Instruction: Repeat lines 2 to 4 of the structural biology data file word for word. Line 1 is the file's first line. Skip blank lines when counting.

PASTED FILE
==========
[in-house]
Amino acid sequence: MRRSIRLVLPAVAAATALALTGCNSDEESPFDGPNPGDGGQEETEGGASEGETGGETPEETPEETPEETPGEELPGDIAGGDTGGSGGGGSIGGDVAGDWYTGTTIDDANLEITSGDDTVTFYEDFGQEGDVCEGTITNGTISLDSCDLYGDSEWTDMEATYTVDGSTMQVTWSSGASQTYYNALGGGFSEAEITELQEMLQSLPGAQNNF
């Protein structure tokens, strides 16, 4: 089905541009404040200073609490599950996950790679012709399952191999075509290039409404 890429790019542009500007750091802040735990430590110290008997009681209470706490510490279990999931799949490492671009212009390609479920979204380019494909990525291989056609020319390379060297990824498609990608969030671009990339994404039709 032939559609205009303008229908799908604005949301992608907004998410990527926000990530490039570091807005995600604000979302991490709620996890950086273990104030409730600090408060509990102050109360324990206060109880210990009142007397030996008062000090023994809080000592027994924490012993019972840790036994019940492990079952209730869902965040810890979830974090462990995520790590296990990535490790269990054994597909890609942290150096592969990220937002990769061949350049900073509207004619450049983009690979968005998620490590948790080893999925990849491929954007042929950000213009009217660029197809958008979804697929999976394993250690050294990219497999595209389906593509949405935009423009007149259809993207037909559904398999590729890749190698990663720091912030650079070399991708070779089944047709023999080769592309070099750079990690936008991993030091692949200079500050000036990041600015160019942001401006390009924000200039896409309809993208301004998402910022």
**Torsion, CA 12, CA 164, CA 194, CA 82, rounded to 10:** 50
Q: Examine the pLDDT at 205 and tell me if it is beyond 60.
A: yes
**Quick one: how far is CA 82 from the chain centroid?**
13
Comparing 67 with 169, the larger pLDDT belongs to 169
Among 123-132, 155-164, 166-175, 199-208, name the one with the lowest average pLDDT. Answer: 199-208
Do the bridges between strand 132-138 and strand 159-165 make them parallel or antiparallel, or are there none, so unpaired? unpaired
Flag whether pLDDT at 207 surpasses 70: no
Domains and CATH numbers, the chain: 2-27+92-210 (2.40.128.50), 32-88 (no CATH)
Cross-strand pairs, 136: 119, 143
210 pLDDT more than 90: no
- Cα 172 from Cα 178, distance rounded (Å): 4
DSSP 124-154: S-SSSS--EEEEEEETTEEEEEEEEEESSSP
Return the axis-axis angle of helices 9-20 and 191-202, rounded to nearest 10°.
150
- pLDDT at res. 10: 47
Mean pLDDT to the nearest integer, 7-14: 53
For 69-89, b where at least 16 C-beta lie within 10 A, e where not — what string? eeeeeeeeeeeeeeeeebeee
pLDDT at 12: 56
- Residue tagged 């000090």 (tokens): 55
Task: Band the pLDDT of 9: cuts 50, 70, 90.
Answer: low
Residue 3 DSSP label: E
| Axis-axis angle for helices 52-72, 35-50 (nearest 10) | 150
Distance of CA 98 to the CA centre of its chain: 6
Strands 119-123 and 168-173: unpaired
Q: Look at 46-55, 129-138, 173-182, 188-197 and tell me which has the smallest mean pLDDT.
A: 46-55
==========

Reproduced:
Amino acid sequence: MRRSIRLVLPAVAAATALALTGCNSDEESPFDGPNPGDGGQEETEGGASEGETGGETPEETPEETPEETPGEELPGDIAGGDTGGSGGGGSIGGDVAGDWYTGTTIDDANLEITSGDDTVTFYEDFGQEGDVCEGTITNGTISLDSCDLYGDSEWTDMEATYTVDGSTMQVTWSSGASQTYYNALGGGFSEAEITELQEMLQSLPGAQNNF
């Protein structure tokens, strides 16, 4: 089905541009404040200073609490599950996950790679012709399952191999075509290039409404 890429790019542009500007750091802040735990430590110290008997009681209470706490510490279990999931799949490492671009212009390609479920979204380019494909990525291989056609020319390379060297990824498609990608969030671009990339994404039709 032939559609205009303008229908799908604005949301992608907004998410990527926000990530490039570091807005995600604000979302991490709620996890950086273990104030409730600090408060509990102050109360324990206060109880210990009142007397030996008062000090023994809080000592027994924490012993019972840790036994019940492990079952209730869902965040810890979830974090462990995520790590296990990535490790269990054994597909890609942290150096592969990220937002990769061949350049900073509207004619450049983009690979968005998620490590948790080893999925990849491929954007042929950000213009009217660029197809958008979804697929999976394993250690050294990219497999595209389906593509949405935009423009007149259809993207037909559904398999590729890749190698990663720091912030650079070399991708070779089944047709023999080769592309070099750079990690936008991993030091692949200079500050000036990041600015160019942001401006390009924000200039896409309809993208301004998402910022």
**Torsion, CA 12, CA 164, CA 194, CA 82, rounded to 10:** 50